GDPR Enforcement: A Cause for Concern?
Over two years on from implementation in 2018, GDPR continues to hit the headlines. Within the past weeks, there have been questions around video app TikTok’s compliance with the Regulation, and news over the summer that Google has lost its appeal against the £44m fine imposed by France’s supervisory authority for violations of the GDPR.
At this juncture, analysis of enforcement action taken across the EU is ramping up, with several supervisory authorities criticised for lengthy investigations or apparently low sanctions rates. Internet rights group Access Now published a report in May 2020 highlighting what it called “weak” enforcement of the Regulation across the EU, finding at that point that there had only been 231 fines and sanctions issued over the two years across the EU. They compare the relatively low number of actions with the 144,376 complaints made in the first year alone.
However, there are signs that regulators across Europe are continuing to enforce the GDPR, despite Covid-19 presenting challenges for firms. July saw £18,395,932 worth of fines imposed by supervisory authorities, and the first days of September 2020 alone has seen £82,556 imposed.
The largest fine levied over the summer, of over £15m, was issued to an Italian telecoms firm that garnered complaints from consumers about unsolicited marketing contact and the inability of customers to withdraw their consent or object to the processing of their data, in part because the firm’s privacy notice did not contain the correct details. An app which the firm used had been set up in such a way as to require the user to provide a series of consents for different data processing purposes, which could then only be revoked after 24 hours, leading to breaches of the rights of the data subjects, as well as of Article 25 – data protection by design and default.
Fines across Europe vary significantly in value, with 55% of all fines given out in August and September totalling £5000 or less. These smaller fines are imposed for relatively minor infringements, including the display of one individual’s personal data within a shop, not informing a data subject within one month about the outcome of their request for data deletion, and publishing information about website cookies that contained insufficient or inaccurate information about how the cookies would affect individuals’ computer equipment.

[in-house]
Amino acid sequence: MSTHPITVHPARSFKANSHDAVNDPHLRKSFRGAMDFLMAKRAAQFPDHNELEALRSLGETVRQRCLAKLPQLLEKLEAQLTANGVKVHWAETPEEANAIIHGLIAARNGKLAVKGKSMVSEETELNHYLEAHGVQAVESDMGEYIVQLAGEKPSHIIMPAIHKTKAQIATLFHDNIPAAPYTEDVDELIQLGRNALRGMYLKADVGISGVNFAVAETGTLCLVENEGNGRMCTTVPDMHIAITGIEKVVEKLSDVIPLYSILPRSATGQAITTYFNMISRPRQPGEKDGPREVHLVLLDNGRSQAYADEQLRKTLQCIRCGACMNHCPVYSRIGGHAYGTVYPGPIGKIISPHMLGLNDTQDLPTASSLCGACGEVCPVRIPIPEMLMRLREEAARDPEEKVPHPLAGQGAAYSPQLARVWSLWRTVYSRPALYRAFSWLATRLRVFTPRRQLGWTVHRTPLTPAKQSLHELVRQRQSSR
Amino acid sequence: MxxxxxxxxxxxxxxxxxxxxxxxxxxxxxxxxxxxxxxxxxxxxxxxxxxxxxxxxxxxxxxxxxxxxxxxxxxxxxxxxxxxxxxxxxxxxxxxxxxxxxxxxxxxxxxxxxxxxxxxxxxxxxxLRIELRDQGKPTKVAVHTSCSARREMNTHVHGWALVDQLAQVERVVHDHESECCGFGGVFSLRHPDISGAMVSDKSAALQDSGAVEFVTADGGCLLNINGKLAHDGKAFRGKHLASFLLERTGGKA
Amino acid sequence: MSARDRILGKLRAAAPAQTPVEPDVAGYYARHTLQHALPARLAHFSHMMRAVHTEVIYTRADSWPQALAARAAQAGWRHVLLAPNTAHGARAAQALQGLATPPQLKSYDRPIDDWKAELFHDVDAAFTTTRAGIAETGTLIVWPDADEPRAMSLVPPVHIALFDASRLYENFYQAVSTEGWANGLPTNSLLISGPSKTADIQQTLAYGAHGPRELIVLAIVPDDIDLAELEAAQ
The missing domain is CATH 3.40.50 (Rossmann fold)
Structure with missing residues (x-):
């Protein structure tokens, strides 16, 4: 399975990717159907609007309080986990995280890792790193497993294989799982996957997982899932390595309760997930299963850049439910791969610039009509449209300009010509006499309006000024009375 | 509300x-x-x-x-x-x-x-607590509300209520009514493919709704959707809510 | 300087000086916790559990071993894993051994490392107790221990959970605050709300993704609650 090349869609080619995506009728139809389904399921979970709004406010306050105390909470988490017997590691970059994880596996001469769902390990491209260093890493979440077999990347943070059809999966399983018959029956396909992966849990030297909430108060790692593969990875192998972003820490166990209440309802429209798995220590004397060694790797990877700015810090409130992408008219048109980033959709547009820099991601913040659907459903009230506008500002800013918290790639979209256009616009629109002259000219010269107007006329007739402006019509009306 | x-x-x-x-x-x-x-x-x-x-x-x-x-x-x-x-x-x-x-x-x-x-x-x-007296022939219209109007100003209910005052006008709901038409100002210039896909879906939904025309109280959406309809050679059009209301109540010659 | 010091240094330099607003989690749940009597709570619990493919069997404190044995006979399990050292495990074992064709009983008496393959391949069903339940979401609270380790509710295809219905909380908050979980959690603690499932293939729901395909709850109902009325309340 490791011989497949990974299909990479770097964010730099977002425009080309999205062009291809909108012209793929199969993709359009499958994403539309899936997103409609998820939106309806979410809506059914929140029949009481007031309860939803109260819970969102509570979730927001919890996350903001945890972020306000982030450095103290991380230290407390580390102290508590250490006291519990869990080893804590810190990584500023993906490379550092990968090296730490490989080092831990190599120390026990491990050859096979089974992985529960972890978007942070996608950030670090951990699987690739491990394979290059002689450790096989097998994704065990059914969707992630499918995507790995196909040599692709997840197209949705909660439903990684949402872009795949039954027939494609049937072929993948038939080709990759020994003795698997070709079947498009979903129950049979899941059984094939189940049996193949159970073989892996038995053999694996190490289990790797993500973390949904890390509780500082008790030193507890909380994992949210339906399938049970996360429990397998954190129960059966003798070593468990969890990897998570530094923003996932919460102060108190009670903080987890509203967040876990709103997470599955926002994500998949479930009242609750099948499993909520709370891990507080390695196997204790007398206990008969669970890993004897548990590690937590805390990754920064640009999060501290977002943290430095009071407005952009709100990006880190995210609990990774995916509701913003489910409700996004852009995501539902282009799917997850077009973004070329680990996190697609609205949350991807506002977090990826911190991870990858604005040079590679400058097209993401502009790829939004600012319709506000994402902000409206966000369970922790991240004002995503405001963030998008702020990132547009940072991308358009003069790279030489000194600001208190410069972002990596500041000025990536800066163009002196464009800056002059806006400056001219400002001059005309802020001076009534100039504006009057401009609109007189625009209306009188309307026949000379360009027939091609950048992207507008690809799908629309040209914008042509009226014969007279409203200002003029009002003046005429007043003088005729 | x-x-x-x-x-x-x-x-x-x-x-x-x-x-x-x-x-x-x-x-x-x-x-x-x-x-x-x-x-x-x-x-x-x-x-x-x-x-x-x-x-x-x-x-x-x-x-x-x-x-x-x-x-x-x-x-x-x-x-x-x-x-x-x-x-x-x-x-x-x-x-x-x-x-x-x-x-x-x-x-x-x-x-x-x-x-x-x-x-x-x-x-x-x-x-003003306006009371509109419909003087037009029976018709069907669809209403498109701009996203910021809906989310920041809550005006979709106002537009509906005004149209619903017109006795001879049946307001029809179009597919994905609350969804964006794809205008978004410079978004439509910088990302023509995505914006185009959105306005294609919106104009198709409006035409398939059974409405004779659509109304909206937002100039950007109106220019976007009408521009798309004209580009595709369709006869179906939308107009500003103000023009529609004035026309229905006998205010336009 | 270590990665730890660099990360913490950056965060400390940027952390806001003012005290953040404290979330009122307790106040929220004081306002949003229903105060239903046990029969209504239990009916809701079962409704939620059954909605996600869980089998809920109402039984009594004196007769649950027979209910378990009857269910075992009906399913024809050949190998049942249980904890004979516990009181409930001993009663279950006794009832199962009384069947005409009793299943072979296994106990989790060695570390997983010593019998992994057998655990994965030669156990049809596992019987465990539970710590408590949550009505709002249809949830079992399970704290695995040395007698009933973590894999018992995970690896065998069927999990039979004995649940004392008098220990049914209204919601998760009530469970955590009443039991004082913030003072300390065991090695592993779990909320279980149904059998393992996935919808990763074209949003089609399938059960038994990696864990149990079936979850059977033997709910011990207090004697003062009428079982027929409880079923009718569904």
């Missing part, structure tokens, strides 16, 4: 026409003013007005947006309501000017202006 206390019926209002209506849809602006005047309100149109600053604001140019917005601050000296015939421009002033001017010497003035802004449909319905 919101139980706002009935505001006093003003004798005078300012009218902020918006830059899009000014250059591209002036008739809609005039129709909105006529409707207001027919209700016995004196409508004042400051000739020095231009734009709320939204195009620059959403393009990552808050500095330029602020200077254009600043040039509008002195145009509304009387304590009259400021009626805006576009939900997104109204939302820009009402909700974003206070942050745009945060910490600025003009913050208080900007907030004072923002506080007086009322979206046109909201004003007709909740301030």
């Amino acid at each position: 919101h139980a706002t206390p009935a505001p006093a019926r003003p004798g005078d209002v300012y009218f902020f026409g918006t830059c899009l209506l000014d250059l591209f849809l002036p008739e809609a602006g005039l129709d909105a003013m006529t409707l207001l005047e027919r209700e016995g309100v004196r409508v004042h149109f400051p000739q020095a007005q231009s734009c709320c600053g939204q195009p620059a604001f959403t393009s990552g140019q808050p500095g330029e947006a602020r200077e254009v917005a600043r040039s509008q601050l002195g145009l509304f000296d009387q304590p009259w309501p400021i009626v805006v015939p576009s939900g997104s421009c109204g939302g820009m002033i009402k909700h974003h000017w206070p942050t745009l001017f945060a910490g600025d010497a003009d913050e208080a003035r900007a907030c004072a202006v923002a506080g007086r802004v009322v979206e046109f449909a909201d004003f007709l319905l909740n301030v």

The UK’s supervisory authority, the ICO, has come under fire for a surprising lack of enforcement action over the previous two years. However, cases which are likely to result in a large fine or sanction will be complex, and these can often take the ICO years to resolve. The ICO are still dealing with some complaints made under the Data Protection Act 1998, so the relatively small number of actions can’t yet be taken as an indicator of how the GDPR will be enforced in the UK.
The Access Now report does, however, highlight that the ICO has imposed the largest total amount of fines under the GDPR at £282.59m; £183.39 against British Airways and £99.2m against Marriott International – although the final decision for Marriott’s fine is scheduled to take place at the end of September.
While it has taken the supervisory authorities some time to investigate breaches of the GDPR and then to issue final decisions, there is evidence that the rate of enforcement is increasing – since the Access Now report was published in May, 99 fines have been imposed across the EU – almost half of the total sanctions imposed between May 2018 and May 2020.
And with Brexit imminent, the UK will be keen to gain an adequacy decision which would allow it to continue to transfer data to the EU. This notoriously difficult steppingstone is likely only to be given if the EU is satisfied that the ICO is effective in its oversight of data protection.
The range of breaches that supervisory authorities are investigating demonstrates the importance of ensuring that the practical impact of GDPR is fully understood by staff throughout the firm – from front line to those who design products and services, the website and apps.
GDPR training shouldn’t be viewed simply as a tick-box step – it should be appropriate for the learner, interesting and easily accessible. Ideally, the learner should be able to return to the training to revise and review their learning. Some staff will need a good background in the whys and wherefores of GDPR – especially in the case of those with more seniority – and front line staff will need some easy to understand background to support learning the practical steps they’ll need to apply to customers in a variety of different circumstances. It’s equally important that staff are reminded of the obligation to speak up if they notice a potential problem or breach.
Our online data protection courses are able to be completed at the learner’s convenience. We have three courses covering data protection. Our Data Protection and Information Security course delivers the background to applicable legislation and how to avoid security breaches. Our Understanding Data Protection Regulation courses have two options – one for front-line staff, and one for senior staff.